There are two schools of thought regarding entrepreneurs – either that you’re born with the traits and qualities to be a successful entrepreneur, or that entrepreneurial skills can be learned. Given the crucial role start up businesses play in our economy, it’s clear nurturing has to be considered a viable method of increased start up businesses, especially for non-traditional entrepreneurs (women, minorities, people with disabilities).
A recent Standford panel discussion on this topic:
Thanks to Steve Blank for the heads up on the video, and to Tim Kane for the latest post about this Kauffman study.
From left to right, top to bottom: handcrafted jewelry from Midnight Thunder, Andie & Amanda from Halligans, reggae tunes from Unity Sound, handmade cards and crafts from Dinky Crafts, Turkey burgers from Flynn’s Foods, candles & scents from Chocolate Nectar, grilled gyros and chicken kabobs, market entrance, Sam & Kyndra from Sam’s Sausages and Bill & Lucy Hill from Cherry Hill Ice Cream. To see a larger image, click here – to see the full set of images, click here. Many thanks to all the vendors who allowed me to photograph their wares!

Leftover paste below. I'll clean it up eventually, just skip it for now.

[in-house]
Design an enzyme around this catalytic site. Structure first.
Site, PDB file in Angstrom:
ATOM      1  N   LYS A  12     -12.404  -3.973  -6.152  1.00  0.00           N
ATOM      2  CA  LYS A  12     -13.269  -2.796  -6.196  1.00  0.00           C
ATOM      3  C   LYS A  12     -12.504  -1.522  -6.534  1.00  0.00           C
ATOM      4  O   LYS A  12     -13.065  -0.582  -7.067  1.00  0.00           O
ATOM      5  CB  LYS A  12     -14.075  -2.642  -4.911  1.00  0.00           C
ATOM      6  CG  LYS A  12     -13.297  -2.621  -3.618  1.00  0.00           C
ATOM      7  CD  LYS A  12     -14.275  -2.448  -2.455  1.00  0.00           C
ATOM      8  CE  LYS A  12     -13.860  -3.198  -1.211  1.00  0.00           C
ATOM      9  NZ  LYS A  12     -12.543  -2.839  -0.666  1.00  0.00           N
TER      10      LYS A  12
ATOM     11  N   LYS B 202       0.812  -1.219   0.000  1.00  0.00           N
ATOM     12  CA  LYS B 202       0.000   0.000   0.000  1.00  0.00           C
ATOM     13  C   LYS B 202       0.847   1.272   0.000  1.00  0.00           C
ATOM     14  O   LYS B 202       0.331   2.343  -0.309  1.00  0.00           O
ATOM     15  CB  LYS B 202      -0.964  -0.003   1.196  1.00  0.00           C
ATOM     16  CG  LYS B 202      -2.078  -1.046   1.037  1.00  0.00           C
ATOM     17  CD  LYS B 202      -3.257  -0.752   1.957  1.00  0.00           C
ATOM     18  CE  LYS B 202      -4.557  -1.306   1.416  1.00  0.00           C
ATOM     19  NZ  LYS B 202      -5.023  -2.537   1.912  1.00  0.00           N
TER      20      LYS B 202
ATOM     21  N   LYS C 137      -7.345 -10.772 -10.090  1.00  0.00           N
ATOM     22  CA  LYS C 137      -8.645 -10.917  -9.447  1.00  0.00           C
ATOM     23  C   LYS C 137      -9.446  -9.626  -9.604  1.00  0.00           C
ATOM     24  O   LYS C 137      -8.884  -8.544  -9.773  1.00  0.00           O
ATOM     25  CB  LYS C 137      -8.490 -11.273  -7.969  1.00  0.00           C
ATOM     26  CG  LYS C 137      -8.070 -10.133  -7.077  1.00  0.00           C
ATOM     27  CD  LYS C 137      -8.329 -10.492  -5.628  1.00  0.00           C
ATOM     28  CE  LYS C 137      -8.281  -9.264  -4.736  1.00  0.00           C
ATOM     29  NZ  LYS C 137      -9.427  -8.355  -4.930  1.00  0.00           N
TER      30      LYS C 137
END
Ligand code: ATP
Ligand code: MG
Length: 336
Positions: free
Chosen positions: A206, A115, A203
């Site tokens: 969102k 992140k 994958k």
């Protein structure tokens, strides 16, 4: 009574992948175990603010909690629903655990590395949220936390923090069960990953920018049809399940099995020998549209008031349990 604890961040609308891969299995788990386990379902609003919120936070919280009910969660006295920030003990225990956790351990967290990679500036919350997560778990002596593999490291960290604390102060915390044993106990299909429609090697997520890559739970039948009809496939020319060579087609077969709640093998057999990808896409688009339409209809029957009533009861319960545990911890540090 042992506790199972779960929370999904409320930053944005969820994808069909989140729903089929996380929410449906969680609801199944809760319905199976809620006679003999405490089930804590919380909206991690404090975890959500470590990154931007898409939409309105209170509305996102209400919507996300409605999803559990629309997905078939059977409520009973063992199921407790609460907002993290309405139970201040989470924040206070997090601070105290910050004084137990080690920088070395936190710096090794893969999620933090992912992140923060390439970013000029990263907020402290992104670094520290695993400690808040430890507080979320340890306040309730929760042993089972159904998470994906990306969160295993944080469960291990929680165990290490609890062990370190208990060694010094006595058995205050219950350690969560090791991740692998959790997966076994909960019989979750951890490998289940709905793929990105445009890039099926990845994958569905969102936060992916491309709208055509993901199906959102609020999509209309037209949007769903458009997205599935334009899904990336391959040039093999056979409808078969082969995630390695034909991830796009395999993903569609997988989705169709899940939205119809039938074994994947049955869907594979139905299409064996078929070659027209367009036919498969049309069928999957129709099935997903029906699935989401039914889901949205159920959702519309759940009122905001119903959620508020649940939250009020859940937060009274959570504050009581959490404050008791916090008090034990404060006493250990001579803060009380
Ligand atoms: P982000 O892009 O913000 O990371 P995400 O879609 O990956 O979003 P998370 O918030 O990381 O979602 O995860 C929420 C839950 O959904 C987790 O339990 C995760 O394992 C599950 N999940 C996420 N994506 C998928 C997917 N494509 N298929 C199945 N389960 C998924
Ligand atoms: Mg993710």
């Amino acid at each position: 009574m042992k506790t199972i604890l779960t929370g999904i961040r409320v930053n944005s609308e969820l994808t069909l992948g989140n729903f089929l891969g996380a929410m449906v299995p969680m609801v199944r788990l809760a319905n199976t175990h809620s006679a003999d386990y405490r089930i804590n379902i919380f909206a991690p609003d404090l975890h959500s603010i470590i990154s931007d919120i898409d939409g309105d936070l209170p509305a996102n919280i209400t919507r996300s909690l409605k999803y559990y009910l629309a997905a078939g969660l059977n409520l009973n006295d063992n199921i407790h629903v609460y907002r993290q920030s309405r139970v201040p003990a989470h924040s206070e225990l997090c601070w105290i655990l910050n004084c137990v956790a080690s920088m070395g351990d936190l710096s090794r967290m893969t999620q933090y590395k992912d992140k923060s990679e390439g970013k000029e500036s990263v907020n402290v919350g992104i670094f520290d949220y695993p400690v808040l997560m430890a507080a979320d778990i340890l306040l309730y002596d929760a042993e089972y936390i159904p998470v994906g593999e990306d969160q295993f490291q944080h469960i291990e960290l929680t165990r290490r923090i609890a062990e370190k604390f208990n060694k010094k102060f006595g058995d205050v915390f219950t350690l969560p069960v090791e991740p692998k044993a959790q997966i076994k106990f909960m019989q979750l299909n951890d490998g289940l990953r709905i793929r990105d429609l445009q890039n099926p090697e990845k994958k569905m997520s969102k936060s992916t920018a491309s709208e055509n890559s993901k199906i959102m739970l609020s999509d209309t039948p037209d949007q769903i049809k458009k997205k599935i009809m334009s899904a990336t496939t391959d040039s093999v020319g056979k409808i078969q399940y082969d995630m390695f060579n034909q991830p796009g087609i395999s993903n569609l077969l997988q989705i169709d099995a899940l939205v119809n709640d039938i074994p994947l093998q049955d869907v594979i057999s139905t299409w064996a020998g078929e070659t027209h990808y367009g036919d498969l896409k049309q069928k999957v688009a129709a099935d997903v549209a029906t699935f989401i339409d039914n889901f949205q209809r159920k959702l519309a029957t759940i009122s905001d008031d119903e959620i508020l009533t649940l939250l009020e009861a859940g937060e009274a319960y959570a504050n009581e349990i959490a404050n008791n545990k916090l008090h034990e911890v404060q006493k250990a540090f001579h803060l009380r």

Richmond recently re-started their Friday night Red White & Brew farmers’ market. Featuring live music, fresh food and a rotating assortment of Virginia wines and beer, the market is quite the hotbed of entrepreneurial activity.
Farmers’ markets offer ideal venues to test new products and receive immediate feedback. Night markets also open a whole new range of opportunities to reach a different segment of consumers who may bypass the early morning markets traditionally available.
If you’re considering a market friendly product or service, you’ll find a wide assortment of venues and opportunities at Local Harvest or at the USDA website. Remember, food production may require area specific certification, so begin narrowing your options several months before hoping to commence food sales.